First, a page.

Dr. Jennifer Summit
Jennifer Summit joined SF State in 2014 as Dean of Undergraduate Studies, an office that was reorganized under her leadership into the Division of Undergraduate Education and Academic Planning (DUEAP). From 2014-16, she led efforts to strengthen academic program review and assessment, improve first-year students’ experience, expand the Metro College Success Program, and develop and launch the University’s student success plan under the Chancellor’s Graduation Initiative 2025. With support from the Teagle Foundation, she served as PI for a university-wide initiative in faculty-led curriculum redesign in the majors, which engaged 20 departments across multiple colleges; she also secured funding from the Keck Foundation to redesign lower-division coursework to advance student success.
In the Provost’s role since 2016 (first as Interim), she has supported the creation of CEETL (Center for Equity and Excellence in Teaching and Learning), improvements in course availability and scheduling, initiatives to strengthen diversity and equity in faculty hiring and development, and efforts to improve transparency and stability in Academic Affairs’ budget.
In 2012-13 she served as an American Council on Education (ACE) Fellow at San Jose State University, where she led the Provost's Task Force on Student Engagement and developed and launched (with Amy Strage, SJSU, and Richard Reis, Stanford) the “Preparing Future Professors” program, which places Stanford Ph.D. students with faculty mentors from public comprehensive and community colleges.
Before joining San Francisco State, she was a professor of English at Stanford University from 1995 – 2013 and served in multiple leadership roles, including chair of the English Department, co-founder and director of the Center for Medieval and Early Modern Studies, chair of the Committee for the Review of the Undergraduate Major and chair of the University Writing and Oral Communication Requirements Revision as part of the Study of Undergraduate Education at Stanford (SUES) Committee. At Stanford she was also the recipient of a Deans’ Award for Distinguished Teaching and a Hoagland Family Award for Innovation in Undergraduate Teaching, as well as serving as Eleanor Loring Ritch University Fellow in Undergraduate Education and Faculty Fellow in the Center for Teaching and Learning.
A widely-published scholar of medieval and early modern English Literature, Dr. Summit has received major fellowships and awards from the National Endowment for the Humanities, the American Council of Learned Societies, and the Modern Language Association for her work on the histories of literacy and texts, religion, literature and periodization. Her published work includes Action vs. Contemplation: Why an Ancient Debate Still Matters, co-authored with Blakey Vermeule (University of Chicago Press, 2018), which was shortlisted for the Phi Beta Kappa Ralph Waldo Emerson Award; Memory’s Library: Medieval Books in Early Modern England (Chicago: Univ. of Chicago Press, 2008), which was awarded the Roland H. Bainton Book Prize by the Sixteenth Century Society and Conference (SCSC) and the John Ben Snow Foundation Book Prize from the North American Conference on British Studies (NCBS); and Lost Property: Women Writers and English Literary History, 1380-1589 (2000), which was awarded honorable mention from the Modern Language Association’s First Book Prize and the Society for Medieval Feminist Scholarship’s First Book Prize.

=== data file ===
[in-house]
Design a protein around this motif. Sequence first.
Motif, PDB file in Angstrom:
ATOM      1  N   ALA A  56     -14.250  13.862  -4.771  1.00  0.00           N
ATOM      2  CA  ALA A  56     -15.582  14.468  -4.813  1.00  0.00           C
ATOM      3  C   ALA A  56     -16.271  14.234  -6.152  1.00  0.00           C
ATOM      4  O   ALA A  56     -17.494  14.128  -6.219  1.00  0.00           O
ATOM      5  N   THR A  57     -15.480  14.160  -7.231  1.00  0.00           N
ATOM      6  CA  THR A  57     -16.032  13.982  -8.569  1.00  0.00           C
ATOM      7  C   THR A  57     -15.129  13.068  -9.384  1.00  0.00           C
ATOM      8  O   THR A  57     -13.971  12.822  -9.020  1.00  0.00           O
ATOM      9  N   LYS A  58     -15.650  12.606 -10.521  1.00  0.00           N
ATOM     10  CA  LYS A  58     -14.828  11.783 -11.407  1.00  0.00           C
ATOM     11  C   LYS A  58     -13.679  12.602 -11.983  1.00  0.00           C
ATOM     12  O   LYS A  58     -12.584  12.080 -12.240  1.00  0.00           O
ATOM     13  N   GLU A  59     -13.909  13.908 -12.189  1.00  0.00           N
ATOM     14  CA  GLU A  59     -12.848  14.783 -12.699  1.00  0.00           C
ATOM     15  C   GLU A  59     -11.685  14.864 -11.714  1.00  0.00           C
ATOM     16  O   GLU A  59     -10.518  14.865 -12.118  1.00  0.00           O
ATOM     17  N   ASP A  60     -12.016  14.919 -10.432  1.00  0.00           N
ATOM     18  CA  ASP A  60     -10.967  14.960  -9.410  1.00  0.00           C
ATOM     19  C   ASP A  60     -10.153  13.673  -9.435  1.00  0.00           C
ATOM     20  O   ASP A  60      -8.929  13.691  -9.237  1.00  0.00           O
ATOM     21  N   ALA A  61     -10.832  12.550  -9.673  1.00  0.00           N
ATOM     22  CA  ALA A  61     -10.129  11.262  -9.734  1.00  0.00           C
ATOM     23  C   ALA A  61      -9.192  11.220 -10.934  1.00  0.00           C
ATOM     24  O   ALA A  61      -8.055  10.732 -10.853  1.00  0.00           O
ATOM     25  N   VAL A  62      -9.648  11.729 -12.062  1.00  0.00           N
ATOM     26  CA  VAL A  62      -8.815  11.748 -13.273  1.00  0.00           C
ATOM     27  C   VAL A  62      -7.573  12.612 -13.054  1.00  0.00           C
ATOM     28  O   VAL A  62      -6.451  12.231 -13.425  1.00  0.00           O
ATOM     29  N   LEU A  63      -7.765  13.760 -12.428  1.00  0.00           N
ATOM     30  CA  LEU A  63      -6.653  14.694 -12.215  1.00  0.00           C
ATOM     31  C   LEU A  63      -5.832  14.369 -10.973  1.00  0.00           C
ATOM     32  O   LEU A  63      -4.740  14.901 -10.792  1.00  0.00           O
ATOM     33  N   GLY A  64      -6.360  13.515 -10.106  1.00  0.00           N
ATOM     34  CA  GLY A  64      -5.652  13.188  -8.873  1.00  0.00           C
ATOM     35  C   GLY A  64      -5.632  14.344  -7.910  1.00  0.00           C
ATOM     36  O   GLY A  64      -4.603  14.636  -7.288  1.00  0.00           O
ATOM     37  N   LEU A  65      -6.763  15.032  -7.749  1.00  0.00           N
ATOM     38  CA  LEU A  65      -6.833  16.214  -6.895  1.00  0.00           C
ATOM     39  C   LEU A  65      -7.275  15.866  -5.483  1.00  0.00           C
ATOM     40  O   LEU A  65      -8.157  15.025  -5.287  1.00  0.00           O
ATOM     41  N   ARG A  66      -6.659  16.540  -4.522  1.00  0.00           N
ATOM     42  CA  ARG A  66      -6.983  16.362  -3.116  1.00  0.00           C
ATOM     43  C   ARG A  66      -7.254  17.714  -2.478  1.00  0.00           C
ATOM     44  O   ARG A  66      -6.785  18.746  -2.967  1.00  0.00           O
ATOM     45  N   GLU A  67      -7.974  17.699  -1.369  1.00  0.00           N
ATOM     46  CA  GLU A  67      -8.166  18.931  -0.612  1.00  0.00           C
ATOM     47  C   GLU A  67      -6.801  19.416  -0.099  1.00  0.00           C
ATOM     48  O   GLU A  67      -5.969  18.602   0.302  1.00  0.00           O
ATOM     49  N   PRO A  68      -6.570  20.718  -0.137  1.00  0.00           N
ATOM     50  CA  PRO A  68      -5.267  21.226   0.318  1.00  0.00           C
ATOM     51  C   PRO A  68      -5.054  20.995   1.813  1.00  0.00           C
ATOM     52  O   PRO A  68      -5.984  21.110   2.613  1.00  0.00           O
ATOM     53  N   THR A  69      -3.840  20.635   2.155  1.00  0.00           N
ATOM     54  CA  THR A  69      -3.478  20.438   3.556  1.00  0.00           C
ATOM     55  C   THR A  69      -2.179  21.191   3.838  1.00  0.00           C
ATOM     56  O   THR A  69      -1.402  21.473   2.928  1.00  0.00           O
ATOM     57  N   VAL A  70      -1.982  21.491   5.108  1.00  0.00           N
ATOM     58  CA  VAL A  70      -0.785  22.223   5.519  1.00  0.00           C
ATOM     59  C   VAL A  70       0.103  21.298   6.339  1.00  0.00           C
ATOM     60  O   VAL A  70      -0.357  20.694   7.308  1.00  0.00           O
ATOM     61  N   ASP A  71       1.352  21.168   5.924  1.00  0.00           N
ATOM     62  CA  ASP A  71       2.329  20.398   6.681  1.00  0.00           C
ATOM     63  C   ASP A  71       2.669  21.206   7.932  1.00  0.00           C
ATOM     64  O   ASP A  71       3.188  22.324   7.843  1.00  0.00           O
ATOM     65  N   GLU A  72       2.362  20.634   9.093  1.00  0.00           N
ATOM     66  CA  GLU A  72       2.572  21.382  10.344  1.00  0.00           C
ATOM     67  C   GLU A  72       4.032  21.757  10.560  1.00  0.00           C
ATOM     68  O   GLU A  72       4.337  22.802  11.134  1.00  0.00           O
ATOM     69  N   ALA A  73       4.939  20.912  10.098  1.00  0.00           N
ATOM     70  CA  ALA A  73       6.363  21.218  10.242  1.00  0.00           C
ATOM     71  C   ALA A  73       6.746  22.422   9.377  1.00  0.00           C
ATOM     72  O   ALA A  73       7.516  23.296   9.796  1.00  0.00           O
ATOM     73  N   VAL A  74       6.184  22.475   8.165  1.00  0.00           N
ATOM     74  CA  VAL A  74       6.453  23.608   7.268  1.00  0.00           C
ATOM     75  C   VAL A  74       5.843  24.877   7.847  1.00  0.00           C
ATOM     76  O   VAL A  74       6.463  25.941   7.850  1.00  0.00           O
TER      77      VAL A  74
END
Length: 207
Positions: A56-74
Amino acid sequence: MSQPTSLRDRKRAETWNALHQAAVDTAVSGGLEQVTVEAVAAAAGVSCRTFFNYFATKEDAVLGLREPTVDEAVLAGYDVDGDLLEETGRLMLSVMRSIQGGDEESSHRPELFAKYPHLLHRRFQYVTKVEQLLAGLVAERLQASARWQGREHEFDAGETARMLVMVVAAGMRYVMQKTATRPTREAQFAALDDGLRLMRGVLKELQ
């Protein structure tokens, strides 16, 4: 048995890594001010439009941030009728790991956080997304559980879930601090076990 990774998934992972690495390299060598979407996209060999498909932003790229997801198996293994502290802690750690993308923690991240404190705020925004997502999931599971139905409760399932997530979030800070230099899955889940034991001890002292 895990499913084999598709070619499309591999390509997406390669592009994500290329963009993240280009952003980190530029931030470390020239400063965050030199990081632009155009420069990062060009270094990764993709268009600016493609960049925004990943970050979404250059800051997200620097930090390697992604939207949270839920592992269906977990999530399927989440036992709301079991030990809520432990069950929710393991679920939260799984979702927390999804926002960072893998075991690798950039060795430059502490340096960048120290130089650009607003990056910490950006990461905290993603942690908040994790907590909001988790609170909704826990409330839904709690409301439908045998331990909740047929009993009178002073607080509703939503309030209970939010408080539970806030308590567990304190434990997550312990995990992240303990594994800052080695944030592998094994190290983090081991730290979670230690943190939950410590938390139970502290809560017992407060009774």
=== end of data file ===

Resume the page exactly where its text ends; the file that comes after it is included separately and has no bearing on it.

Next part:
Summit received her B.A. in English from Vassar College and her MA and Ph.D. in English from Johns Hopkins University. A native to the San Francisco Bay Area, she lives on the Bay Area Peninsula with her husband and two children.
- Summit, Jennifer; Vermeula, Blakey. " Healing the Rift: Dividing the disciplines does nothing to advance knowledge," Chronicle of Higher Education (Vol. 64, Issue 37.)
- Jennifer Summit, Richard Reis, Amy Strage. “Preparing Future Professors: A Cross-Institutional Mentoring Program,” Change: The Magazine of Higher Learning 46:4 (2014): 46-51.
- Summit, Jennifer. “Global Citizenship Demands New Approaches to Teaching and Learning: AASCU’s Global Challenges Initiative,” Change: The Magazine of Higher Learning 45:6 (2014): 51-57.
- Summit, Jennifer. “The Humanities Aren’t As Dead As You Think,” Zócalo Public Square (August 19, 2013)
- Summit, Jennifer. “Renaissance Humanism and the Future of the Humanities,” Literature Compass 9 (2012): 665-678.
- Summit, Jennifer. “’Bequeathed Care’: Rethinking Spenser’s Contemplation,” Spenser Review 41 (2011): 1-10.
- Summit, Jennifer. “Literary History and the Curriculum: How, What, and Why,” Profession (2010): 141-150, reprinted from the ADE Bulletin 149 (2010)